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Kansas February tax revenue exceeds projection

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Kimberly James | The Center Square contributor

(The Center Square) – Actual tax revenues in Kansas for the month of February were 4.5% above the projected estimate, bringing in $19.8 million in additional funds.

"It’s important to recognize that state tax revenues aren’t always a barometer of economic health," Michael Austin, director of the Sandlian Center for Entrepreneurial Government at Kansas Policy Institute, told The Center Square. "At least half of the gain is tied to income and sales tax increases seen in recent years. Kansas has yet to recover the jobs lost from the Governor’s lockdown and the number of small businesses open is down 30% and getting worse."

Though the additional revenue is good news for the state, Kansas residents won't directly feel the impact of the gain.

"The additional revenue will directly benefit those in favor of the state government’s record level of spending, nearly $8 billion," Austin said. "Perhaps in a perfect world, a larger government budget would mean more relief and subsidies for Kansans. However, the Governor’s inability to manage COVID vaccine distribution, and unemployment relief under the largest budget seen in state history, is a tell [that] Kansans will see little benefit to their higher taxes."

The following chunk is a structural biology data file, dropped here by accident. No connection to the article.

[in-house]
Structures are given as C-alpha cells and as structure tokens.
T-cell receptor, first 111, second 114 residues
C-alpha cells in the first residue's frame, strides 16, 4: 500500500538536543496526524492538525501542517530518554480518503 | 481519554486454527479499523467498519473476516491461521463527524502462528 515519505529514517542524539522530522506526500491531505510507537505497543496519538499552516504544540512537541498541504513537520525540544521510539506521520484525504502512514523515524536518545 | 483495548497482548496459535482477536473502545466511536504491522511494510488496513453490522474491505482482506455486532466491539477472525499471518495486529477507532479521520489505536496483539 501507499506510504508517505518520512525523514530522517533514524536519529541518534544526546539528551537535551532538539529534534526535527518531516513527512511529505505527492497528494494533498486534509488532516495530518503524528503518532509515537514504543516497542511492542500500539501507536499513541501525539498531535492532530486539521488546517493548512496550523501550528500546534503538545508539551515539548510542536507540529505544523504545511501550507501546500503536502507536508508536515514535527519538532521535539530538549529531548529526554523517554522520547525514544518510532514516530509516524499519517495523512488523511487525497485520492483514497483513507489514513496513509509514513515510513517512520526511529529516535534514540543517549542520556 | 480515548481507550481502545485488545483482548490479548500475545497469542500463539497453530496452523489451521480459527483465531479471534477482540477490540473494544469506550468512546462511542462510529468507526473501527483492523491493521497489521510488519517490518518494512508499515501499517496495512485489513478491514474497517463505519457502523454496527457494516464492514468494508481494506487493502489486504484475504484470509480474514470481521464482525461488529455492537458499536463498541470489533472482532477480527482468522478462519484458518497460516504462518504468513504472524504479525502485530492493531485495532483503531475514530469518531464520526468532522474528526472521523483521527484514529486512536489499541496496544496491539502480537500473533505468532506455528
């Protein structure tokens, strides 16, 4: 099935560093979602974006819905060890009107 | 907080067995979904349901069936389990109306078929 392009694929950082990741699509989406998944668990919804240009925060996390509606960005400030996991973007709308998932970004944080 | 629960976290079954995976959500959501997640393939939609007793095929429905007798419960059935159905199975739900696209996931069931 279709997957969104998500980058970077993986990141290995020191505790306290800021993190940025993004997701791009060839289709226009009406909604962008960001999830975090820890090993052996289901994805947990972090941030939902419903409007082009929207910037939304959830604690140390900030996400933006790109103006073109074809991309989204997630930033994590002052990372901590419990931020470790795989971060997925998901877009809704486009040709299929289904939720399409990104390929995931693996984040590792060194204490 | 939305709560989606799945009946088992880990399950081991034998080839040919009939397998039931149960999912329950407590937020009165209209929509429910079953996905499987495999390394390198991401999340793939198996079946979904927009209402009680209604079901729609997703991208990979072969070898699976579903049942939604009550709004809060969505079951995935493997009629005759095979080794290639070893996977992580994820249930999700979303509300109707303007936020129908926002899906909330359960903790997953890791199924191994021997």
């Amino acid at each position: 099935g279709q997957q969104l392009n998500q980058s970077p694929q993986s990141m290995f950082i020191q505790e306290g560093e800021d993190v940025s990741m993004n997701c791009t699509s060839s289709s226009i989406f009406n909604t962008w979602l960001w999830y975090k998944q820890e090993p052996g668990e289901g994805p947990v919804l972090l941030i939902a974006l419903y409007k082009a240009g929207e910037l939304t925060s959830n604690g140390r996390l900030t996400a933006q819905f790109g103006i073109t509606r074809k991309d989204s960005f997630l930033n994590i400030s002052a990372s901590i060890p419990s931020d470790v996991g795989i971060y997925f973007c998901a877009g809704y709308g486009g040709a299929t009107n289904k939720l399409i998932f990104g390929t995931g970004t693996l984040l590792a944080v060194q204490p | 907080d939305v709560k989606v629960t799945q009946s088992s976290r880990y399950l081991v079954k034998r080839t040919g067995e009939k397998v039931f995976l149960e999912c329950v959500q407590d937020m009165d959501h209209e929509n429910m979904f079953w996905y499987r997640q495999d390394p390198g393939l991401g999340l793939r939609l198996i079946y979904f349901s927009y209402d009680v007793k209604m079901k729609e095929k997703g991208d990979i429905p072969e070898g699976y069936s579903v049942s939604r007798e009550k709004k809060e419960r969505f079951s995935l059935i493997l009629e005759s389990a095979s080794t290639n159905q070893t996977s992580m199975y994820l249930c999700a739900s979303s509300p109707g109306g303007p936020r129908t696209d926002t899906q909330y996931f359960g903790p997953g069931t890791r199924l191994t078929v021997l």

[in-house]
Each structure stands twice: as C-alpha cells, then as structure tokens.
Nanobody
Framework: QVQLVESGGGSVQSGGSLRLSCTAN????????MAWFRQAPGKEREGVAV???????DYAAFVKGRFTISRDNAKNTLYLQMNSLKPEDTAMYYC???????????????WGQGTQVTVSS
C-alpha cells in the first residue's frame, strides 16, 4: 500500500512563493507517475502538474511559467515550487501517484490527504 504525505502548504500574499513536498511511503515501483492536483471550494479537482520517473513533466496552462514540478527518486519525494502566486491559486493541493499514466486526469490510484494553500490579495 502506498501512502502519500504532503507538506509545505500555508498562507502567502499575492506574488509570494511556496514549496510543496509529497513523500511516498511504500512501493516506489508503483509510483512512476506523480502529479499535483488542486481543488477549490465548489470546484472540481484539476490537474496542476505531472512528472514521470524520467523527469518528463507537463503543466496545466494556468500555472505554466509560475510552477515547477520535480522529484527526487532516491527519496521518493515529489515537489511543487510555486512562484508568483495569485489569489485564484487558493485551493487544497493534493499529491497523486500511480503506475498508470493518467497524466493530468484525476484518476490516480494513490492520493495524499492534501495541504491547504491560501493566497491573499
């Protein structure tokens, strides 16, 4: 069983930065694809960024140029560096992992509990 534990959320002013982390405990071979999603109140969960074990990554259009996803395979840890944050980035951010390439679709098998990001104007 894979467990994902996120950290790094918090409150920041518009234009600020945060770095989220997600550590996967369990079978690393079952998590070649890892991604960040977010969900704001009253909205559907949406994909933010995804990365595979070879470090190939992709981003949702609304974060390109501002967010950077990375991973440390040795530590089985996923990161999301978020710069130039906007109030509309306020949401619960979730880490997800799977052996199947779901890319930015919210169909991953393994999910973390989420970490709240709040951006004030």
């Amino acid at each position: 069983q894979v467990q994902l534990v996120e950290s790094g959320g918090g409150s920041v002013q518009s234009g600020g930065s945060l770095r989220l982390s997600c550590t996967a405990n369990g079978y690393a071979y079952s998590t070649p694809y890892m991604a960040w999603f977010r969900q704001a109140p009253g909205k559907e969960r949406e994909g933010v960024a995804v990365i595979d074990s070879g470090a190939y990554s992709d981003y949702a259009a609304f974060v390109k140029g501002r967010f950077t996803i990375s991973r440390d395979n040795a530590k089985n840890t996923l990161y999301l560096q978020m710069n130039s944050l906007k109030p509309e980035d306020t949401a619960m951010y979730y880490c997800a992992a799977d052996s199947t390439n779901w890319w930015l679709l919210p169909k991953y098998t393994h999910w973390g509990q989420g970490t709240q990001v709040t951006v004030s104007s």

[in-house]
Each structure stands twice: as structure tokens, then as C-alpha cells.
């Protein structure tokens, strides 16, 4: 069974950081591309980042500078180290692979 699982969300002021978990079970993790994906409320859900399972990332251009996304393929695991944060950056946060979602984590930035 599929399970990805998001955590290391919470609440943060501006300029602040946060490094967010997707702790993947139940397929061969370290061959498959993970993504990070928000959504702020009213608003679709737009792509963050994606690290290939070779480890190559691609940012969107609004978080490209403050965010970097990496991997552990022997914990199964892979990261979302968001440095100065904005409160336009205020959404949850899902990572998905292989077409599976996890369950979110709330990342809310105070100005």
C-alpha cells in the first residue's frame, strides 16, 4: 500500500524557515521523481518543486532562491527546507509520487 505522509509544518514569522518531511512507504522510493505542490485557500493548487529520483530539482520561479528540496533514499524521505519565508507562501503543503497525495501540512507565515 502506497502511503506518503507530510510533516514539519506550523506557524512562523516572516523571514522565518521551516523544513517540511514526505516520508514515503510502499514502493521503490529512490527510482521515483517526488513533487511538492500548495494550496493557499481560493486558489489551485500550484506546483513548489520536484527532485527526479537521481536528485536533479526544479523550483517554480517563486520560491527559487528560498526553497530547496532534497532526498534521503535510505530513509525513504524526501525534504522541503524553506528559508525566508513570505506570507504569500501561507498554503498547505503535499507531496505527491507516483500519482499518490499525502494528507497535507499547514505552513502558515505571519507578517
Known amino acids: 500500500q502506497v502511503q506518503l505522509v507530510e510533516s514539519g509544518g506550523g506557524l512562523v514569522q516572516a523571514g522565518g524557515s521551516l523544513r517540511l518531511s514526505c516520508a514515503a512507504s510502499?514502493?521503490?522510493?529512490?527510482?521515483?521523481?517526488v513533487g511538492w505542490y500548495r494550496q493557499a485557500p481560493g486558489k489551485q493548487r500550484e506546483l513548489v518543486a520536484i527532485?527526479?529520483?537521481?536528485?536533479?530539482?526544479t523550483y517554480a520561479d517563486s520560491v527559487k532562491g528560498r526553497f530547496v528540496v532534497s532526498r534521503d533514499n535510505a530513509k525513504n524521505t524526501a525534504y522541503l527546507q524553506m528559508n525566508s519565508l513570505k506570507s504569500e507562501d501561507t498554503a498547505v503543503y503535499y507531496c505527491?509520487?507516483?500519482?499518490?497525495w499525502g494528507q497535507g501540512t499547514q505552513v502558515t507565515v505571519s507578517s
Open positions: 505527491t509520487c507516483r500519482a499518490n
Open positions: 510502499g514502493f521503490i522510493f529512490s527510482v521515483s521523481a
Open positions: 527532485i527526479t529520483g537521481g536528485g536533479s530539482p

The federal government recently approved an economic stimulus bill that will provide cash payments to most Kansas residents and additional relief for local governments and schools. Aid will be distributed based on each state's unemployed population.

According to the Kansas Department of Labor, the seasonally adjusted unemployment rate in January 2021 was 3.5%. Though that equates to thousands of out-of-work Kansans, Gov. Laura Kelly initially opposed the way funds would be distributed, asking instead for the state's fair share.

"Tens of thousands of Kansans have been out of work since April 2020," Austin said. "Yet by the end of the year, a sizeable number of Kansans left the labor force and unemployment rolls entirely. They became discouraged with the unemployment process at a time when Congress decided to disperse funds according to the number of unemployed Americans. Gov. Kelly wants funds to a standard akin to the lockdown states on the coast, but her policies have encouraged too many Kansans to give up."